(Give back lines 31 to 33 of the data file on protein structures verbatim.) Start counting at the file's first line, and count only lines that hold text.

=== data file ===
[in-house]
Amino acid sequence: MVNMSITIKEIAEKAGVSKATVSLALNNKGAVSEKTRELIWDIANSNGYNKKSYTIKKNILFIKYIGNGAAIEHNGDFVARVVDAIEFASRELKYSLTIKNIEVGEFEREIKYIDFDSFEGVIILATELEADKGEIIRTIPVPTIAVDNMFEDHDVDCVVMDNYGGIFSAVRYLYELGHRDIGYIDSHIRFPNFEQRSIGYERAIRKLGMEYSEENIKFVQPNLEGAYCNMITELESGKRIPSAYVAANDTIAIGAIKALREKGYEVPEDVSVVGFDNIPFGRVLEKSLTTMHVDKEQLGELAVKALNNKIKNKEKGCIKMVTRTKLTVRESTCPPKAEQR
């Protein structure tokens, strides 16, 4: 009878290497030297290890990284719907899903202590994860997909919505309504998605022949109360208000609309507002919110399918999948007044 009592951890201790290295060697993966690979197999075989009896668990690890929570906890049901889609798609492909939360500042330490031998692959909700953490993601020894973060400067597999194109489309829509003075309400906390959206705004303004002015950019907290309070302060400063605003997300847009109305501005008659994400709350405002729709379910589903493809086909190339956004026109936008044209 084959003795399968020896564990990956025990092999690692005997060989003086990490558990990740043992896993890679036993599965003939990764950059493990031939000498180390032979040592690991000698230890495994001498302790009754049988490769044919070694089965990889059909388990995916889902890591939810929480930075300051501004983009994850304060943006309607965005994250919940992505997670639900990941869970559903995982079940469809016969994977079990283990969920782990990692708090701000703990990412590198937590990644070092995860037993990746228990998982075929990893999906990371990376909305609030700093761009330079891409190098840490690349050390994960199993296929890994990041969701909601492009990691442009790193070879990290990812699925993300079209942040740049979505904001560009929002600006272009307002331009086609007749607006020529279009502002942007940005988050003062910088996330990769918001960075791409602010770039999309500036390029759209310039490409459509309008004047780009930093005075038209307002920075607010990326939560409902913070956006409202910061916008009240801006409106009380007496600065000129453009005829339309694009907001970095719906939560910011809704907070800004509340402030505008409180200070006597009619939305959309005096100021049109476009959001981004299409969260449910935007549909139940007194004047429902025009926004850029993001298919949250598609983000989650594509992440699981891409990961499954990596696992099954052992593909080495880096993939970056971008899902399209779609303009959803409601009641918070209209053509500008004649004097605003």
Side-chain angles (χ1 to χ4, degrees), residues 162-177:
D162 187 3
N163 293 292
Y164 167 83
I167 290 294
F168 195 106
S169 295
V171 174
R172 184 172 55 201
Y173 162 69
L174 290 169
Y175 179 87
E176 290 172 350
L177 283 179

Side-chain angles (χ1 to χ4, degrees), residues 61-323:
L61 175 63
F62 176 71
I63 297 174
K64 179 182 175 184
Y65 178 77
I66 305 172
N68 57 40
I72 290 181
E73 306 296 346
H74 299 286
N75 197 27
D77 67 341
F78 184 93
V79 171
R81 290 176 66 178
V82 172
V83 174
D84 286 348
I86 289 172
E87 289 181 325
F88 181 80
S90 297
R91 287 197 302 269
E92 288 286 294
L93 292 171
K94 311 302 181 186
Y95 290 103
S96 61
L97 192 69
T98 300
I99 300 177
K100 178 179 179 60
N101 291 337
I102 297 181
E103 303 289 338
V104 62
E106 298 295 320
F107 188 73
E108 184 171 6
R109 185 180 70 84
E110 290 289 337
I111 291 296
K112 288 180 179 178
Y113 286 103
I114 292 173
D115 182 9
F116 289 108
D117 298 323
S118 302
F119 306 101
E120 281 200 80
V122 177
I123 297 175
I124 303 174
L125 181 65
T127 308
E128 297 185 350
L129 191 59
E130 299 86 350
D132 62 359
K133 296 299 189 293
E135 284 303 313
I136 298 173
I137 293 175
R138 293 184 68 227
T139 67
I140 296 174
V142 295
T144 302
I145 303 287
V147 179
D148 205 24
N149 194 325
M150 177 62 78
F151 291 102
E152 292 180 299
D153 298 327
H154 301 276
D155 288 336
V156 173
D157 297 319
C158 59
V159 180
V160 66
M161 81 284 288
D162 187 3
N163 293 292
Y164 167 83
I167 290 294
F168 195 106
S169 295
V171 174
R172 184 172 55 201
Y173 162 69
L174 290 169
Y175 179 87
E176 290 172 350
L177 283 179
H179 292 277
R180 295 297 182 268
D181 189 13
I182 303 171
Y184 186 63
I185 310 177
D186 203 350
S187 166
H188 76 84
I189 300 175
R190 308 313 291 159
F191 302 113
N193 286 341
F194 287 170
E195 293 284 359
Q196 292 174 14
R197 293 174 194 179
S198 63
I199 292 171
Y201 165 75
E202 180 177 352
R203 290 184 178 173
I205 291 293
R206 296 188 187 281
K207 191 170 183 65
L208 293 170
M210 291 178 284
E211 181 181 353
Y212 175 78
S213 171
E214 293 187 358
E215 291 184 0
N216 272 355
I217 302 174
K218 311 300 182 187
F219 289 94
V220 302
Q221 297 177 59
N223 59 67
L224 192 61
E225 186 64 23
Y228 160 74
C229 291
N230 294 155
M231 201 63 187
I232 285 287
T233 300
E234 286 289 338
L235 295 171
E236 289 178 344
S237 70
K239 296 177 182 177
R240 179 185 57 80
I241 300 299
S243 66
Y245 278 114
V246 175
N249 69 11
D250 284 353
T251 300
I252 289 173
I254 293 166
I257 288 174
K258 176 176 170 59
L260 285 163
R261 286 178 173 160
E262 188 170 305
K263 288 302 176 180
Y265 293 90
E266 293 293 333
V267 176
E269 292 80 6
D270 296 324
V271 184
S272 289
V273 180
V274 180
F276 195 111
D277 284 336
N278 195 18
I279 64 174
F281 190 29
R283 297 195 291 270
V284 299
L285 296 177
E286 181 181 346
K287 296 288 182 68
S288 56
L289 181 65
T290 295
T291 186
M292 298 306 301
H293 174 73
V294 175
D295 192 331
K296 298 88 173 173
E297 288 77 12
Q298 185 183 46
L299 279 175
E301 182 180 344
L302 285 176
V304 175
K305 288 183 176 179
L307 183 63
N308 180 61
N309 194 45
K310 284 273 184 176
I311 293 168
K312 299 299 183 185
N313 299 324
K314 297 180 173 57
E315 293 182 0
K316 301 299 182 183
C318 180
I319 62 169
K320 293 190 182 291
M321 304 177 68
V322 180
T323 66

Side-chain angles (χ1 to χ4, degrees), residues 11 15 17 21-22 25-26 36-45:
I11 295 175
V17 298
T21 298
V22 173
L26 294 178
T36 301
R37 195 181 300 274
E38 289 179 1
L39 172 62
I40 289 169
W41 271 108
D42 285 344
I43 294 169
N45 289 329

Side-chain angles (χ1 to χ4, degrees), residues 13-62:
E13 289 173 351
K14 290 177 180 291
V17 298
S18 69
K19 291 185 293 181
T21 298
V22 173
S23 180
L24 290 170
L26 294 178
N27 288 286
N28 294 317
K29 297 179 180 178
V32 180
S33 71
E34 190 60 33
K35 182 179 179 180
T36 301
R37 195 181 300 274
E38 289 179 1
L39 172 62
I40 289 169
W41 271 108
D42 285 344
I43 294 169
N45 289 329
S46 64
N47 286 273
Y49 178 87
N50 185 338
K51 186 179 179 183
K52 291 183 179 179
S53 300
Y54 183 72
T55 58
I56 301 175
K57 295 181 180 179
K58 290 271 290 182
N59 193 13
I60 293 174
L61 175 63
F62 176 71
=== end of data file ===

F78 184 93
V79 171
R81 290 176 66 178